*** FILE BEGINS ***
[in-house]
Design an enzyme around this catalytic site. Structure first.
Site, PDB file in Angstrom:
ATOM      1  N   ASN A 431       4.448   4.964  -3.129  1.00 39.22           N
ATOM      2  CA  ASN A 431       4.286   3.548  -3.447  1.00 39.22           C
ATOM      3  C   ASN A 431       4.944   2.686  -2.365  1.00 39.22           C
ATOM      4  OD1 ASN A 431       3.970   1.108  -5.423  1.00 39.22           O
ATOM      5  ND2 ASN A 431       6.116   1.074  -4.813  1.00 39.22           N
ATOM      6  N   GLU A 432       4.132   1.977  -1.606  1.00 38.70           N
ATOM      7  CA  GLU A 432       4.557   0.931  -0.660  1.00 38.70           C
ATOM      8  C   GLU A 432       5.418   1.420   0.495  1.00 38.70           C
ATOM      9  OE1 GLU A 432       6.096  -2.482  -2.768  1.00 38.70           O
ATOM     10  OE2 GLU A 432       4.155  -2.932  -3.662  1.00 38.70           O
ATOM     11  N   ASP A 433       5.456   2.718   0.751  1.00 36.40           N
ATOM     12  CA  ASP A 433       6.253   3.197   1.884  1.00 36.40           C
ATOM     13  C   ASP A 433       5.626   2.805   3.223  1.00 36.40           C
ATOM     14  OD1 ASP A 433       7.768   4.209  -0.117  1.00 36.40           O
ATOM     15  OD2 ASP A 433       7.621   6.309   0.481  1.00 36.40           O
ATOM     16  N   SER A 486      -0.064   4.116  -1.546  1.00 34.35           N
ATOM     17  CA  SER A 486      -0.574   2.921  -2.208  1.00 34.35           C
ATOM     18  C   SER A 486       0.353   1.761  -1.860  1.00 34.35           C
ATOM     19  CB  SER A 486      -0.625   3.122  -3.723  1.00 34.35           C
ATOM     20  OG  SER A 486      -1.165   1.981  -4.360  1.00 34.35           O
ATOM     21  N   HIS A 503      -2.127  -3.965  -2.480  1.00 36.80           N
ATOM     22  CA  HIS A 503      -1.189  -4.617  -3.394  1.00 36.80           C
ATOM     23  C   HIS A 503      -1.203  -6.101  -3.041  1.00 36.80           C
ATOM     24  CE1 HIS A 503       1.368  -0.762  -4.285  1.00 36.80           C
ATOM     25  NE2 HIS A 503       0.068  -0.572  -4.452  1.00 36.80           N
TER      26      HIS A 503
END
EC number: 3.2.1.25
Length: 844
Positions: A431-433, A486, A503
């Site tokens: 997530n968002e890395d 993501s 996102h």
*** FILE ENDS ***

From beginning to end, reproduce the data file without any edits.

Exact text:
[in-house]
Design an enzyme around this catalytic site. Structure first.
Site, PDB file in Angstrom:
ATOM      1  N   ASN A 431       4.448   4.964  -3.129  1.00 39.22           N
ATOM      2  CA  ASN A 431       4.286   3.548  -3.447  1.00 39.22           C
ATOM      3  C   ASN A 431       4.944   2.686  -2.365  1.00 39.22           C
ATOM      4  OD1 ASN A 431       3.970   1.108  -5.423  1.00 39.22           O
ATOM      5  ND2 ASN A 431       6.116   1.074  -4.813  1.00 39.22           N
ATOM      6  N   GLU A 432       4.132   1.977  -1.606  1.00 38.70           N
ATOM      7  CA  GLU A 432       4.557   0.931  -0.660  1.00 38.70           C
ATOM      8  C   GLU A 432       5.418   1.420   0.495  1.00 38.70           C
ATOM      9  OE1 GLU A 432       6.096  -2.482  -2.768  1.00 38.70           O
ATOM     10  OE2 GLU A 432       4.155  -2.932  -3.662  1.00 38.70           O
ATOM     11  N   ASP A 433       5.456   2.718   0.751  1.00 36.40           N
ATOM     12  CA  ASP A 433       6.253   3.197   1.884  1.00 36.40           C
ATOM     13  C   ASP A 433       5.626   2.805   3.223  1.00 36.40           C
ATOM     14  OD1 ASP A 433       7.768   4.209  -0.117  1.00 36.40           O
ATOM     15  OD2 ASP A 433       7.621   6.309   0.481  1.00 36.40           O
ATOM     16  N   SER A 486      -0.064   4.116  -1.546  1.00 34.35           N
ATOM     17  CA  SER A 486      -0.574   2.921  -2.208  1.00 34.35           C
ATOM     18  C   SER A 486       0.353   1.761  -1.860  1.00 34.35           C
ATOM     19  CB  SER A 486      -0.625   3.122  -3.723  1.00 34.35           C
ATOM     20  OG  SER A 486      -1.165   1.981  -4.360  1.00 34.35           O
ATOM     21  N   HIS A 503      -2.127  -3.965  -2.480  1.00 36.80           N
ATOM     22  CA  HIS A 503      -1.189  -4.617  -3.394  1.00 36.80           C
ATOM     23  C   HIS A 503      -1.203  -6.101  -3.041  1.00 36.80           C
ATOM     24  CE1 HIS A 503       1.368  -0.762  -4.285  1.00 36.80           C
ATOM     25  NE2 HIS A 503       0.068  -0.572  -4.452  1.00 36.80           N
TER      26      HIS A 503
END
EC number: 3.2.1.25
Length: 844
Positions: A431-433, A486, A503
């Site tokens: 997530n968002e890395d 993501s 996102h």